A former Royal Marine from Tiverton and Afghanistan dog rescue charity founder has spoken about the aftermath of a Taliban bomb blast that ripped into his Kabul rescue shelter.
Over the last six years, since Pen Farthing, a 43-year-old former Troop Sergeant returned from Afghanistan, Nowzad Dogs has re-homed around 560 stray dogs with the soldiers they gave vital solace and escapism to, enabling them to cope with the harsh reality of war.
At 3.30pm on Wednesday, May 21, a Taliban improvised explosion device detonated at the gates of the shelter and kennels in the Afghan capital, blowing up a bus transporting Afghan National Army soldiers and seriously wounding five men on board.
The heavy duty gates of the shelter were blown apart and windows of the staff rest room blown in, with large pieces of shrapnel dispersing everywhere.
Mercifully, at the moment of the blast, all shelter staff were tending to the dogs in the kennels, and Pen and shelter manager Louise Hastie, had been delayed and arrived 30 minutes later to find their staff in a daze, ears still ringing.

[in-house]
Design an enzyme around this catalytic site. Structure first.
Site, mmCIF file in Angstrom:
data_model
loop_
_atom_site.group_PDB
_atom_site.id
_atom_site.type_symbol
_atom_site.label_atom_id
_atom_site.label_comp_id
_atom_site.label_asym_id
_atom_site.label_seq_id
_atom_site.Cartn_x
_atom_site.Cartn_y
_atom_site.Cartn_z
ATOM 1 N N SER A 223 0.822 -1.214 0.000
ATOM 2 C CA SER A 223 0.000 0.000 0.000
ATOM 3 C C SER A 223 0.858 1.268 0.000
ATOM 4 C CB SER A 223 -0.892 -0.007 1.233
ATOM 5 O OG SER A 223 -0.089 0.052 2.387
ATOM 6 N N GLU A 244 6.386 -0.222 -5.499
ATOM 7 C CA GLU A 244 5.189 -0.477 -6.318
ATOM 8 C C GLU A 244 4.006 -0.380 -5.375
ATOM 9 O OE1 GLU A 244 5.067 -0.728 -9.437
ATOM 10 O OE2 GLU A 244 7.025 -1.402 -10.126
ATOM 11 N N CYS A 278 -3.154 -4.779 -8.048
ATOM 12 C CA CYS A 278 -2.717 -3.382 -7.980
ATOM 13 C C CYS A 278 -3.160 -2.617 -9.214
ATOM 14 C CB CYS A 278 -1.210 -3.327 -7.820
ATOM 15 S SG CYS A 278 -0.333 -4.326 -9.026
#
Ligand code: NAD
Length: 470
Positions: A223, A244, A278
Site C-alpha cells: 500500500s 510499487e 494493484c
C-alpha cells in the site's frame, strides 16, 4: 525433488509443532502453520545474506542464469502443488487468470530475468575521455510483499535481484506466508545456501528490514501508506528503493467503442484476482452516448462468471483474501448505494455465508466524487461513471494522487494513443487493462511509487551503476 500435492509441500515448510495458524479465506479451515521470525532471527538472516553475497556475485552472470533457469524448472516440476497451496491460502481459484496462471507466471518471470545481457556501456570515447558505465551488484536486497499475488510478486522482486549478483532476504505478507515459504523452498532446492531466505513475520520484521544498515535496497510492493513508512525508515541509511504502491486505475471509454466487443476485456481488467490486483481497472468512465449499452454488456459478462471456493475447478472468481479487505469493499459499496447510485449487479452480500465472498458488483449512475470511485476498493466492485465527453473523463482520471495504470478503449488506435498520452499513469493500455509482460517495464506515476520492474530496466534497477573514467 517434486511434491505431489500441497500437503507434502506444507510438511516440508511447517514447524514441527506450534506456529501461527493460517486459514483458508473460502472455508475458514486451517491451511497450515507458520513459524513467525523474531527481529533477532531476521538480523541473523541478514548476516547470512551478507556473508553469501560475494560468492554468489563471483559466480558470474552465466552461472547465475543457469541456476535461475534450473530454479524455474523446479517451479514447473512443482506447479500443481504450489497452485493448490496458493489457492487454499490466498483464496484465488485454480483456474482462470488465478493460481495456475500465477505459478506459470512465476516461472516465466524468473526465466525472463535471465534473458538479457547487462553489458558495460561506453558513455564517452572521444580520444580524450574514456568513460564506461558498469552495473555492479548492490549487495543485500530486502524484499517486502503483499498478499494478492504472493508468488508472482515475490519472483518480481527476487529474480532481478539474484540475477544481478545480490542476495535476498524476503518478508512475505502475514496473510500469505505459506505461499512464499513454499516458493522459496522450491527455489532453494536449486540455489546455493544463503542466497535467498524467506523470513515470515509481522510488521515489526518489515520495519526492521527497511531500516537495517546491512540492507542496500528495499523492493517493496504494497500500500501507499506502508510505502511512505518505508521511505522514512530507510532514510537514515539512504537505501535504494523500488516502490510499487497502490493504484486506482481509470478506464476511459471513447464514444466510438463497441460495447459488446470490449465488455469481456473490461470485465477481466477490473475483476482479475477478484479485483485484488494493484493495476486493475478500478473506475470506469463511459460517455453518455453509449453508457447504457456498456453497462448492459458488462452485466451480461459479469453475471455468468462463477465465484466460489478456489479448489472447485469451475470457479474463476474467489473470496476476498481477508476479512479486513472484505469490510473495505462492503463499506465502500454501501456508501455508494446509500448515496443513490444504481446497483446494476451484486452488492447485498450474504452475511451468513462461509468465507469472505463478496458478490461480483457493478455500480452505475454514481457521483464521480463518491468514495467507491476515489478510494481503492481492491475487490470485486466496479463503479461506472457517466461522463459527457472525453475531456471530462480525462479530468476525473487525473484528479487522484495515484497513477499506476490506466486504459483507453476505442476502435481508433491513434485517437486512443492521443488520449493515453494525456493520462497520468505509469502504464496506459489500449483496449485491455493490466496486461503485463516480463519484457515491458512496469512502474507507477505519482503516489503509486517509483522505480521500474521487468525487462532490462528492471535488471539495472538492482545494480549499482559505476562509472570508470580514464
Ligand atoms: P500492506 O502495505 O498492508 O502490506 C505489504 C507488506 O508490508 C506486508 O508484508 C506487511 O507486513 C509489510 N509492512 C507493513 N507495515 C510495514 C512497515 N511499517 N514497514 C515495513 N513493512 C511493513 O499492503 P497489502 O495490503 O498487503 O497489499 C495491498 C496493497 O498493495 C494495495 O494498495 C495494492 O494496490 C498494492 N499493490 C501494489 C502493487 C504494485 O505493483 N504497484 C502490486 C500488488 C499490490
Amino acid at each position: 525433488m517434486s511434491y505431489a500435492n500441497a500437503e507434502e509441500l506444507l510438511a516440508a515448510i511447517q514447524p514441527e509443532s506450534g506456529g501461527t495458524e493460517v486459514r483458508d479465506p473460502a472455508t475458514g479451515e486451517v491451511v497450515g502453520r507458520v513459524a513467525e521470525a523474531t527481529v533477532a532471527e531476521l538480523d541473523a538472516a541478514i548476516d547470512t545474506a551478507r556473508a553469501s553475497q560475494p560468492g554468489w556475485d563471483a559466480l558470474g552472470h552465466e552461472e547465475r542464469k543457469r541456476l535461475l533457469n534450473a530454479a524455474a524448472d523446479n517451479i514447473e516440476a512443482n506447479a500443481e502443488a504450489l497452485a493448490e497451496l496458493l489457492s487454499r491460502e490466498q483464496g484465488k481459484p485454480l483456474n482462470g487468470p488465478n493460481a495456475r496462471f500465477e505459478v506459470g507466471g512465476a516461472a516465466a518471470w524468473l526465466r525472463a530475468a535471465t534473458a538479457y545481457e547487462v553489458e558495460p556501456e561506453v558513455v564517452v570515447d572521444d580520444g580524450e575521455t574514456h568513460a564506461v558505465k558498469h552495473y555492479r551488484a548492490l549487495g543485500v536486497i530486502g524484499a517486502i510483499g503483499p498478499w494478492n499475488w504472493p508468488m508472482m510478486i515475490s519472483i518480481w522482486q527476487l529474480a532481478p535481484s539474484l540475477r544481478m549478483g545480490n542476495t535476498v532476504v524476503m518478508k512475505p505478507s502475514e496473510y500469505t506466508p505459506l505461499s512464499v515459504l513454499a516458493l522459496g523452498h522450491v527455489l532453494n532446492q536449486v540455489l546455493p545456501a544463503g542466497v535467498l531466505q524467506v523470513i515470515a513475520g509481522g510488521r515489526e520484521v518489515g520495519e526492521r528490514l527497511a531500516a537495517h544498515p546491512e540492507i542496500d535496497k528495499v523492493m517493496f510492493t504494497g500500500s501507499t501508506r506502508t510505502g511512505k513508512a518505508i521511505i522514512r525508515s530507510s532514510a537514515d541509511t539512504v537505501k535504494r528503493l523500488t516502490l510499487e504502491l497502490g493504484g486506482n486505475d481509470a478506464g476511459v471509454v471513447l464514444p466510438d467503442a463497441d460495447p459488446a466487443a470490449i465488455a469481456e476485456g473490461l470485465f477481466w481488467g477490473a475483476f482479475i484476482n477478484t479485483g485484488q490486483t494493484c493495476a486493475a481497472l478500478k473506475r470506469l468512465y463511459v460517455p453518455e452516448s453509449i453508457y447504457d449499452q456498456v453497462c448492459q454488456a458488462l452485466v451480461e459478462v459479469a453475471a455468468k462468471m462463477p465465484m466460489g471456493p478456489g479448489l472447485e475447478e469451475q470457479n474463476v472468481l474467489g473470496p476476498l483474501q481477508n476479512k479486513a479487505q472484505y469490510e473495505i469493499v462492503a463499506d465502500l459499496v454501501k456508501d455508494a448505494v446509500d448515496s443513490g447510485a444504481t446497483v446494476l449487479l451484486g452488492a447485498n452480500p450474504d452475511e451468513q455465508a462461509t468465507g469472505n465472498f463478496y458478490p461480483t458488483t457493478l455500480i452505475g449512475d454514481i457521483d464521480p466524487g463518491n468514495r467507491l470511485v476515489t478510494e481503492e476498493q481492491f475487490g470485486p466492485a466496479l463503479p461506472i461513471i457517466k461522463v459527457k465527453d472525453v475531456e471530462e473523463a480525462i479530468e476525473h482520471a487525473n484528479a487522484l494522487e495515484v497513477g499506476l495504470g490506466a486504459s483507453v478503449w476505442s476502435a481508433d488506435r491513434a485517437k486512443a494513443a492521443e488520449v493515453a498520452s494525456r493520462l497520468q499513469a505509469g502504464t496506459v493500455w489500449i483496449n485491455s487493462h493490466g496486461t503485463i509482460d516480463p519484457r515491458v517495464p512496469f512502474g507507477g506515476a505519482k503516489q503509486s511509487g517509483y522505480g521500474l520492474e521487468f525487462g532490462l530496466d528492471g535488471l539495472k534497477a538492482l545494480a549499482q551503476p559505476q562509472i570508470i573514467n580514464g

It appears insurgents had planted the bomb at the gates of the shelter the night before and detonated it the moment the bus passed hours later.
“Because of its size, the door acted as a prominent marker for whoever was sat there waiting to explode the device,” explained Pen. “We got off lightly,” he added. “Had myself, Louise, or any of the other staff been near the door, or coming in or out at the moment, the outcome would have been very different.
“Large pieces of metal were all over the shelter – we’re relieved none of our staff were hurt.
“The compound walls are about half-a-meter thick of a mud-straw mix, so took all the initial force – we were lucky the blast went upwards.”
The incident has come as a blow to the charity which relies on donations to sustain the initiative which includes a crucial rabies vaccination and neutering programme which is having a profound impact on the citizens of Kabul.
Pen estimates around $2,000USD of damage has been caused, setting their mission back and an appeal has been launched to get the charity back on track.
Salvaged pieces of the doors were used to barricade the entrance and replacement gates are urgently needed in addition to the internal repair works.
“It is a risk of being here,” Pen explained. “We’re never complacent, you always know something like this can happen. And when it does, it hits home, especially when you think someone from the Taliban was at our gates planting a bomb.
“Incidents like this are not going to stop the work we’re doing, but we always need to re-evaluate and improve the safety of our staff.
“Any setback like this financially is frustrating, but it could have been a hell of a lot worse – you can’t put a price on life.”
To donate visit www.nowzad.com